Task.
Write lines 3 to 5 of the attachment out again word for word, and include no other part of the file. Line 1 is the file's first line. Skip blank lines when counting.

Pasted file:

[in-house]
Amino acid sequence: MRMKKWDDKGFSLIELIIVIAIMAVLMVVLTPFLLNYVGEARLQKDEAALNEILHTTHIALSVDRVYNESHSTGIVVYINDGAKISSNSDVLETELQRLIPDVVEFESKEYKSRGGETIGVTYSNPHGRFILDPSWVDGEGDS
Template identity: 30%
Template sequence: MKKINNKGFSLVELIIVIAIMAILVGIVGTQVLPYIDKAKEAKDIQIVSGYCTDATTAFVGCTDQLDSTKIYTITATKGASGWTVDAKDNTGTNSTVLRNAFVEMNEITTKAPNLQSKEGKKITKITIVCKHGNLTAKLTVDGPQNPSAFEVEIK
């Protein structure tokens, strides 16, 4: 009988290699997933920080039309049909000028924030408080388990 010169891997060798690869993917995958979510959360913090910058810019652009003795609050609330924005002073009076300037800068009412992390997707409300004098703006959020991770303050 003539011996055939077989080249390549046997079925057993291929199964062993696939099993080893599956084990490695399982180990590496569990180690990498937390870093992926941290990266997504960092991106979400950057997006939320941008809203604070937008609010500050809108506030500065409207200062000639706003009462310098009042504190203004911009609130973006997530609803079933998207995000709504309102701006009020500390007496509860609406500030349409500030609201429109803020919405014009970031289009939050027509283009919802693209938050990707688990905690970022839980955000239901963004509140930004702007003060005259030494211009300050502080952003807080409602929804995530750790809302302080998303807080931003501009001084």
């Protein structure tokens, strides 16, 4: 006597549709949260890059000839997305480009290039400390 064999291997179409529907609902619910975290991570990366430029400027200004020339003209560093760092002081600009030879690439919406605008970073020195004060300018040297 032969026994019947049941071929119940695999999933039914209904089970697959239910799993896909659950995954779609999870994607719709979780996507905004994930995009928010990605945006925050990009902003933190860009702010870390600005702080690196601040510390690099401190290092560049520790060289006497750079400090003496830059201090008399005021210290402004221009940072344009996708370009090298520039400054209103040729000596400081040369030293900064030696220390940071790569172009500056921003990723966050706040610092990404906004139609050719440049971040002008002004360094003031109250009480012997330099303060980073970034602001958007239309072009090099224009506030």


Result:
Template identity: 30%
Template sequence: MKKINNKGFSLVELIIVIAIMAILVGIVGTQVLPYIDKAKEAKDIQIVSGYCTDATTAFVGCTDQLDSTKIYTITATKGASGWTVDAKDNTGTNSTVLRNAFVEMNEITTKAPNLQSKEGKKITKITIVCKHGNLTAKLTVDGPQNPSAFEVEIK
């Protein structure tokens, strides 16, 4: 009988290699997933920080039309049909000028924030408080388990 010169891997060798690869993917995958979510959360913090910058810019652009003795609050609330924005002073009076300037800068009412992390997707409300004098703006959020991770303050 003539011996055939077989080249390549046997079925057993291929199964062993696939099993080893599956084990490695399982180990590496569990180690990498937390870093992926941290990266997504960092991106979400950057997006939320941008809203604070937008609010500050809108506030500065409207200062000639706003009462310098009042504190203004911009609130973006997530609803079933998207995000709504309102701006009020500390007496509860609406500030349409500030609201429109803020919405014009970031289009939050027509283009919802693209938050990707688990905690970022839980955000239901963004509140930004702007003060005259030494211009300050502080952003807080409602929804995530750790809302302080998303807080931003501009001084």